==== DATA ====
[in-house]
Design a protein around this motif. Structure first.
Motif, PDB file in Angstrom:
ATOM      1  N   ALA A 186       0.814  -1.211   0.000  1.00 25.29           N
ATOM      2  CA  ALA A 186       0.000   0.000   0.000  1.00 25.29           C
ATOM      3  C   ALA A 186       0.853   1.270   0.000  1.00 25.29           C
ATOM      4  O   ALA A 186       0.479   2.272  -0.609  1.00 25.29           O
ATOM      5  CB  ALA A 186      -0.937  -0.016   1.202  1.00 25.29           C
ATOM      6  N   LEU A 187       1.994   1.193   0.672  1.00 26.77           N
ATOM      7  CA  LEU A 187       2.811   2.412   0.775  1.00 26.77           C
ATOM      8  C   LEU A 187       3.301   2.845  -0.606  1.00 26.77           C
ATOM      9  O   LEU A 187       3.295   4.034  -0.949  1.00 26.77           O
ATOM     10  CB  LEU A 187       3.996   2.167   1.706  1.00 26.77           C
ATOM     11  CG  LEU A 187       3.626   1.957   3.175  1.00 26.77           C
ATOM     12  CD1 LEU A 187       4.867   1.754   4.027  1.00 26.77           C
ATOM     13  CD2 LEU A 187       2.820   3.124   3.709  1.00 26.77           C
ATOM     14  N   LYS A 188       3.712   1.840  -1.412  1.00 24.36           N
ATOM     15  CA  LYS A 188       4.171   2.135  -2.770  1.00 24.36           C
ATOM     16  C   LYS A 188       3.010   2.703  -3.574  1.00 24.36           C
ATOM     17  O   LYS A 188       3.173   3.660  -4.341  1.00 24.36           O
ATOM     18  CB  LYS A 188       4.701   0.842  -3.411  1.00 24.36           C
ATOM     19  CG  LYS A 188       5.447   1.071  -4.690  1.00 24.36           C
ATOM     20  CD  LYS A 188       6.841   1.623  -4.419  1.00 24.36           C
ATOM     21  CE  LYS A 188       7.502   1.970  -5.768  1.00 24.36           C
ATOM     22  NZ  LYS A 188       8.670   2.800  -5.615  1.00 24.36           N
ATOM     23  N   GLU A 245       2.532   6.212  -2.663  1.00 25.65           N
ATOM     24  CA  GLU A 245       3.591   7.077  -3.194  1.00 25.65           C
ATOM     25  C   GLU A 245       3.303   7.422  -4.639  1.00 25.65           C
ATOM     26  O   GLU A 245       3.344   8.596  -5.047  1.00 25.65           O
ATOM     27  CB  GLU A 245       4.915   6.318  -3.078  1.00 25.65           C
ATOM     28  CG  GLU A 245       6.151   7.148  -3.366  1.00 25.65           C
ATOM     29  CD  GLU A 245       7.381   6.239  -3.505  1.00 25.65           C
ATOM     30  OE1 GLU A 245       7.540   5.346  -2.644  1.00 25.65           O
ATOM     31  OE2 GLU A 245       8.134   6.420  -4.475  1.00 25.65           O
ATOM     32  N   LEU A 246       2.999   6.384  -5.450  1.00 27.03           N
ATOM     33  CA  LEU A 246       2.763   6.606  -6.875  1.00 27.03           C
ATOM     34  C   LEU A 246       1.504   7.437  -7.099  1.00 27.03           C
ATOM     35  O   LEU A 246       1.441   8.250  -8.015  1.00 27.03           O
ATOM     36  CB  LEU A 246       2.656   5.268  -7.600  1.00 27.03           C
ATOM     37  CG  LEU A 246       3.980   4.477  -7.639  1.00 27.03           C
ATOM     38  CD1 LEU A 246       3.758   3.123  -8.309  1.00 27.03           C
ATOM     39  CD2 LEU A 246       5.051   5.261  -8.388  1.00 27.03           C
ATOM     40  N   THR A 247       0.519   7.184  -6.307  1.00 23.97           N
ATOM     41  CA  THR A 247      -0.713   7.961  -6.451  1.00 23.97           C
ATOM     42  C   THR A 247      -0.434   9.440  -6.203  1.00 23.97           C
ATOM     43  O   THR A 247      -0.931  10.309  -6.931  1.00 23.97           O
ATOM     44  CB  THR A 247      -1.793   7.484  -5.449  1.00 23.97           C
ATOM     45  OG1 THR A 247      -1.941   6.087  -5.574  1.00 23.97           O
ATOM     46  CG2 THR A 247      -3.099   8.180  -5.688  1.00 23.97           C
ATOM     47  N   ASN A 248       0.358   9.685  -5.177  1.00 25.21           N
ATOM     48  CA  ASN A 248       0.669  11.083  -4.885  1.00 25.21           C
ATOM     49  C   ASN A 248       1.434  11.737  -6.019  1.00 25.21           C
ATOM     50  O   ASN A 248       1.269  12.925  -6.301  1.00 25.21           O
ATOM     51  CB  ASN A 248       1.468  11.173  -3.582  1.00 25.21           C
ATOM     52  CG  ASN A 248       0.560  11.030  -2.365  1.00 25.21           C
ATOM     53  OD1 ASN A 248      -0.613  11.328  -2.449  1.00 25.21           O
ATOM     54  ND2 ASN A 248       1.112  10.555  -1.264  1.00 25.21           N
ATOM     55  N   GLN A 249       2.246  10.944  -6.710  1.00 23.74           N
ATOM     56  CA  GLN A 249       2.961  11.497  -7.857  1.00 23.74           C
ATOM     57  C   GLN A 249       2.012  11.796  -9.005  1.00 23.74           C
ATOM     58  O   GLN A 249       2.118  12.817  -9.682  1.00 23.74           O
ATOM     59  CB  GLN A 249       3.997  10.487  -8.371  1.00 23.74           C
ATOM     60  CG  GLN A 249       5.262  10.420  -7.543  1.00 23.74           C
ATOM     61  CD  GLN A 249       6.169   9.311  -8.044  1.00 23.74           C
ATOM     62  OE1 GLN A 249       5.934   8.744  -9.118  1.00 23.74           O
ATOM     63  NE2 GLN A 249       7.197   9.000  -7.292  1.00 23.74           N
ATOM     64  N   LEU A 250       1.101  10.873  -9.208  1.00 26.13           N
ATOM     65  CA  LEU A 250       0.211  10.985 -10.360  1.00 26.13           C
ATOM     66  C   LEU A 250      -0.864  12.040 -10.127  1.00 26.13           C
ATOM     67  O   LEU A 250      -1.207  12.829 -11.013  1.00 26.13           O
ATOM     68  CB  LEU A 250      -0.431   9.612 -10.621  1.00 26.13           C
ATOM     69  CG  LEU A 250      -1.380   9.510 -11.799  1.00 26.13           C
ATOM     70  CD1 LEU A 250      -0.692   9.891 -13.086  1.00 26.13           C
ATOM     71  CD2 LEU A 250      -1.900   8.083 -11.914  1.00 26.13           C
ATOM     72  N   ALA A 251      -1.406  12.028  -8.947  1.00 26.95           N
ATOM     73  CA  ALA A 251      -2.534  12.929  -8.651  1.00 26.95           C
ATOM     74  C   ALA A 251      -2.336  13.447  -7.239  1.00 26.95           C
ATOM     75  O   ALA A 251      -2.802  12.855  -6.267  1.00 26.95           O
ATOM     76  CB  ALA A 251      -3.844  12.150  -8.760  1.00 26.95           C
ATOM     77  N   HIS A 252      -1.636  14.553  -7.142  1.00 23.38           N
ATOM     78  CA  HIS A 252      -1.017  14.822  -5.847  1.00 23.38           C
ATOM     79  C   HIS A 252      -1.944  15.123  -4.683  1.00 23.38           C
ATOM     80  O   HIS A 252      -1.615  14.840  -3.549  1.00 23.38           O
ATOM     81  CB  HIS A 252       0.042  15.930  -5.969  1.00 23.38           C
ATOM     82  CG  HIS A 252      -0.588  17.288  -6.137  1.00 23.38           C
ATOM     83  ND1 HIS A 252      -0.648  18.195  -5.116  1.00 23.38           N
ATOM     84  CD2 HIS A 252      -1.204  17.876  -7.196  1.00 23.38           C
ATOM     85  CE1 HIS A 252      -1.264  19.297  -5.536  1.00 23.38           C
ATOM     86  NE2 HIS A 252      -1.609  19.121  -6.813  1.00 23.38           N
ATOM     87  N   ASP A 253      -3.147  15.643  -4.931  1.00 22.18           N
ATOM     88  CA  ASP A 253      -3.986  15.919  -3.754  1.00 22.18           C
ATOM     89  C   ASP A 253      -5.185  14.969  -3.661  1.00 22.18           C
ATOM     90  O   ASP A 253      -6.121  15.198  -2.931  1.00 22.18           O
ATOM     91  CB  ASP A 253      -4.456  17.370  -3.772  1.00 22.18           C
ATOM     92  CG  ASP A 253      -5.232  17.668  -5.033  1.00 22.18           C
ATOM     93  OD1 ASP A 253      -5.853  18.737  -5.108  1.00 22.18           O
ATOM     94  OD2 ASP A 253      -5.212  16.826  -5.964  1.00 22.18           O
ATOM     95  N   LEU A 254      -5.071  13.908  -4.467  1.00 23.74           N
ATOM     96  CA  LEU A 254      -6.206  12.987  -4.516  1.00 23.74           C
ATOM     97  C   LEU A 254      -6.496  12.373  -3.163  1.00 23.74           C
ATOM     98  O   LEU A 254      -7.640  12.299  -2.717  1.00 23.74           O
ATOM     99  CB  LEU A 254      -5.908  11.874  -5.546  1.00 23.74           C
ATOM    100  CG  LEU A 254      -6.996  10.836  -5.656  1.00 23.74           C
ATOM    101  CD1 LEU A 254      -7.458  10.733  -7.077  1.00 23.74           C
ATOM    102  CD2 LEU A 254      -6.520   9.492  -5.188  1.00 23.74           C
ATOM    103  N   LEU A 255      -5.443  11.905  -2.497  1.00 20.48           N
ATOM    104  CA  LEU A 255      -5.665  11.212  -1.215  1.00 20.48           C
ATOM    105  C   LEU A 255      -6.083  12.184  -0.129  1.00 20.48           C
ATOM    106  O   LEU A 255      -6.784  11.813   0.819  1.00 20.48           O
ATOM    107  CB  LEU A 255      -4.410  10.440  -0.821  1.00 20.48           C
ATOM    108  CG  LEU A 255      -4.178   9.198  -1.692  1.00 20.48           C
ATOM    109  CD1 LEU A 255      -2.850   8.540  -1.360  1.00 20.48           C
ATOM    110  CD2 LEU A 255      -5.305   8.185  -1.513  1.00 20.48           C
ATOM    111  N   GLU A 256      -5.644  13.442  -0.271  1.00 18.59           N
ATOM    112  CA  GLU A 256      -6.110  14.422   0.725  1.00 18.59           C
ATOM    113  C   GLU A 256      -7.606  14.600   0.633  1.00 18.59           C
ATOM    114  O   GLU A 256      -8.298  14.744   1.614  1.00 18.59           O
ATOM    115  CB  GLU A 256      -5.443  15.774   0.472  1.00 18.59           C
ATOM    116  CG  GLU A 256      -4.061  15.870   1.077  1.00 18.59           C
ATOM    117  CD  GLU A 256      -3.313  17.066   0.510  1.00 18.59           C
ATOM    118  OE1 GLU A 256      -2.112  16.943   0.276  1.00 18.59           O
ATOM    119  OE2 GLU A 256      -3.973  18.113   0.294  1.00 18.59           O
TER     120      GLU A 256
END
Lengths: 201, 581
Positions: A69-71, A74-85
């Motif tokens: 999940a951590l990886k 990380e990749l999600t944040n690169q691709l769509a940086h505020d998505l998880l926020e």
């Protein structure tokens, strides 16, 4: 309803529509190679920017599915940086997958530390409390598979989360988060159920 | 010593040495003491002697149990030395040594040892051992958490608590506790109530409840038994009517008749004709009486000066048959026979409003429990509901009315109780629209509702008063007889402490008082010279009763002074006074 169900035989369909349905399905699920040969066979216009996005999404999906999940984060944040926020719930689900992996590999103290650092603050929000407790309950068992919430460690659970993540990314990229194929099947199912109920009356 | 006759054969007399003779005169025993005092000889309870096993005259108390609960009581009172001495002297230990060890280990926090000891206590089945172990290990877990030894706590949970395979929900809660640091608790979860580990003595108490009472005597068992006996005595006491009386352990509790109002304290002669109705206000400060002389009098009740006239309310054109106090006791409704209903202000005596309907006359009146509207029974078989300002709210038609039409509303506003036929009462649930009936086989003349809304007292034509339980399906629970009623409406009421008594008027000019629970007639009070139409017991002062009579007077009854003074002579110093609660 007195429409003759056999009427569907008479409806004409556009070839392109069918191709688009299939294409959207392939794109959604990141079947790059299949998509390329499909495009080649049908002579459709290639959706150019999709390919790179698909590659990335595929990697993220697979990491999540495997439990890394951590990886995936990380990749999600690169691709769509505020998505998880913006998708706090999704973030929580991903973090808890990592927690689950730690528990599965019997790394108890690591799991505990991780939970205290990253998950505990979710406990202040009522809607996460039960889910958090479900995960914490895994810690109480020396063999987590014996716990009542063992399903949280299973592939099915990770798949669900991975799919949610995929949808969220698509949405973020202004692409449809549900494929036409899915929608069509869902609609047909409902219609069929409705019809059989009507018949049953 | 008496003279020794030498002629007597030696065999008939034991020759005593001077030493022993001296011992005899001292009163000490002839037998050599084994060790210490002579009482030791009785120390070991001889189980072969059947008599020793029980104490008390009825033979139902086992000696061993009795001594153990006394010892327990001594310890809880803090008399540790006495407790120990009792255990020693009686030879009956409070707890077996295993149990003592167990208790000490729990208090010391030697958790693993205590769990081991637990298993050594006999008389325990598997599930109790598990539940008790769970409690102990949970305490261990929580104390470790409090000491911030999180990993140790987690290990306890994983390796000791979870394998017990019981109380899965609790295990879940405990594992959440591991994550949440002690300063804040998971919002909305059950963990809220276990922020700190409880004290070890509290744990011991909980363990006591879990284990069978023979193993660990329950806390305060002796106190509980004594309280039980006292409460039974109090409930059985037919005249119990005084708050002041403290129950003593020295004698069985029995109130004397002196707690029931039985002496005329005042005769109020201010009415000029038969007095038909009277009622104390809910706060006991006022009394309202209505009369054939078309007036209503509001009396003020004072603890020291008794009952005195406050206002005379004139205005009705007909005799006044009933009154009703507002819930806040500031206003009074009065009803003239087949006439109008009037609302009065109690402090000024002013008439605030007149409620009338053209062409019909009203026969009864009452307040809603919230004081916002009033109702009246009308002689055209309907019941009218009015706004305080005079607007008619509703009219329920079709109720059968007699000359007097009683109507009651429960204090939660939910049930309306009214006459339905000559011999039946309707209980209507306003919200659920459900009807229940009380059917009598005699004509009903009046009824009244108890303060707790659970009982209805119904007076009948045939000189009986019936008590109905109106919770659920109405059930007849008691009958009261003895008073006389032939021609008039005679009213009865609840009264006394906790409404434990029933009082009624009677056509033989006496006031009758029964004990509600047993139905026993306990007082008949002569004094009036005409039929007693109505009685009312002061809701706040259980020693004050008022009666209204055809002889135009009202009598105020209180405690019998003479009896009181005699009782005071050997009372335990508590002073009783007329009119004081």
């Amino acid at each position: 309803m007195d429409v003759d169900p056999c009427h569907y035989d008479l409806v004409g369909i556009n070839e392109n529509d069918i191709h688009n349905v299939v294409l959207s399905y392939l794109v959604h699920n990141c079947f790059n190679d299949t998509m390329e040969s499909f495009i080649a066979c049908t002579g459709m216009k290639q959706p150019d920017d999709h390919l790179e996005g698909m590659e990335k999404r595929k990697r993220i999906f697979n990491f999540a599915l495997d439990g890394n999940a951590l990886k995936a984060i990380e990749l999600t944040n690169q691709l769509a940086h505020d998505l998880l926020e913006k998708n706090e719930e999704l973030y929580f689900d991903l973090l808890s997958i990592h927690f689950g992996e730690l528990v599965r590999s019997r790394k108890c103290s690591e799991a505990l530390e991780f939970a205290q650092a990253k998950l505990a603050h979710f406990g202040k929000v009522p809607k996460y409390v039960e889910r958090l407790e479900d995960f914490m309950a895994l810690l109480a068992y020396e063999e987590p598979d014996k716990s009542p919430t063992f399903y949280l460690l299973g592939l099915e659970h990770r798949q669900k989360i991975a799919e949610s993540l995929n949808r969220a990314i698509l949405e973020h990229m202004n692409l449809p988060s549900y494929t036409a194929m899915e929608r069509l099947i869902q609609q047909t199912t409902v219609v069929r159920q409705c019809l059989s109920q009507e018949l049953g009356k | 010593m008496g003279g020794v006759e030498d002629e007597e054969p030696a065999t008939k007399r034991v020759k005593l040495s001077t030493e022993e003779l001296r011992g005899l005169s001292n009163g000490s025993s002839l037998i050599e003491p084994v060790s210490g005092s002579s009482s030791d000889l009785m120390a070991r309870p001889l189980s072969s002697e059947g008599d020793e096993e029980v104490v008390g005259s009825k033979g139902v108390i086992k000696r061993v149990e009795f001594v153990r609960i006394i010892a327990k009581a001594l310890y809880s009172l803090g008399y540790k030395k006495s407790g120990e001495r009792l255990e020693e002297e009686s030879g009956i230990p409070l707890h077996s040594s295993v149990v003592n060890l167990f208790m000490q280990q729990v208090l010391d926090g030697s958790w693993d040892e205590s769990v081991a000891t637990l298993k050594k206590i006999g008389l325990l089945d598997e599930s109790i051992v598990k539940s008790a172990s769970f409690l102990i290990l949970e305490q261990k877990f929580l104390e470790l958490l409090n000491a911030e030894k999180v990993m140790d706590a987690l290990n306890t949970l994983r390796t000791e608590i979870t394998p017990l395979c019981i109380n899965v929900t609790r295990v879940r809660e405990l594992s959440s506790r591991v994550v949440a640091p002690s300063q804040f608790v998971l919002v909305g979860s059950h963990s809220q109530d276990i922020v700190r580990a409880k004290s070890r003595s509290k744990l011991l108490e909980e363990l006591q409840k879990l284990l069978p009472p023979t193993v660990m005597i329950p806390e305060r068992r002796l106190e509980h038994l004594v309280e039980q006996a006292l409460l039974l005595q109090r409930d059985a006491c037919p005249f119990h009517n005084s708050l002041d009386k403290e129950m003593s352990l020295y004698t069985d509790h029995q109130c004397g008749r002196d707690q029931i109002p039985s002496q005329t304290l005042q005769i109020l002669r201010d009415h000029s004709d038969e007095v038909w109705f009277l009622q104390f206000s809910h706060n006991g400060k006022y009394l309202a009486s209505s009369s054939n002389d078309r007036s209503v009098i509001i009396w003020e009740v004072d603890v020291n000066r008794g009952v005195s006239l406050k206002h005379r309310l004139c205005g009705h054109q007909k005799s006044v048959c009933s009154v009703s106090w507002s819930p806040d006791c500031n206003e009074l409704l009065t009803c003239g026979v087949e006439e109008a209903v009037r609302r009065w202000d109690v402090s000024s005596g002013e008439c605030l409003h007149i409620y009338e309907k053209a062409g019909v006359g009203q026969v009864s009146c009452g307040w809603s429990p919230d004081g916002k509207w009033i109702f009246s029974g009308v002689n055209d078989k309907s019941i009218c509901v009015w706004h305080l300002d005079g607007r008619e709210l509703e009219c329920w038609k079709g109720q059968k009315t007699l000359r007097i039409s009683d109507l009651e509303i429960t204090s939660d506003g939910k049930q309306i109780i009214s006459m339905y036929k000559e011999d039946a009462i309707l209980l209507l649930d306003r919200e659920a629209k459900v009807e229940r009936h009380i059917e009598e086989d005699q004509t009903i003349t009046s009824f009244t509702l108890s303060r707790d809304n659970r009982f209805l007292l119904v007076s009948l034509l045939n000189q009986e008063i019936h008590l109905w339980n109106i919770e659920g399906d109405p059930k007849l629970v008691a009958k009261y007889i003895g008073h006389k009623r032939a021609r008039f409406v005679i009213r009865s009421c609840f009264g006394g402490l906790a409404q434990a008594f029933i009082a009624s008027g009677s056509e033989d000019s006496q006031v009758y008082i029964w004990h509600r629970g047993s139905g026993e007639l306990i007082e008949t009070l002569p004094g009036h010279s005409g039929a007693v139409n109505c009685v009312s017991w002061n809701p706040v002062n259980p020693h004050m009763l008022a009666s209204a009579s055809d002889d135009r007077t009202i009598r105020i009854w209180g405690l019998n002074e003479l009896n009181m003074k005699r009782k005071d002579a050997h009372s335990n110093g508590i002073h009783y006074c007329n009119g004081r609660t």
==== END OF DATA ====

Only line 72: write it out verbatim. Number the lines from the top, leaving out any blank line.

ATOM     69  CG  LEU A 250      -1.380   9.510 -11.799  1.00 26.13           C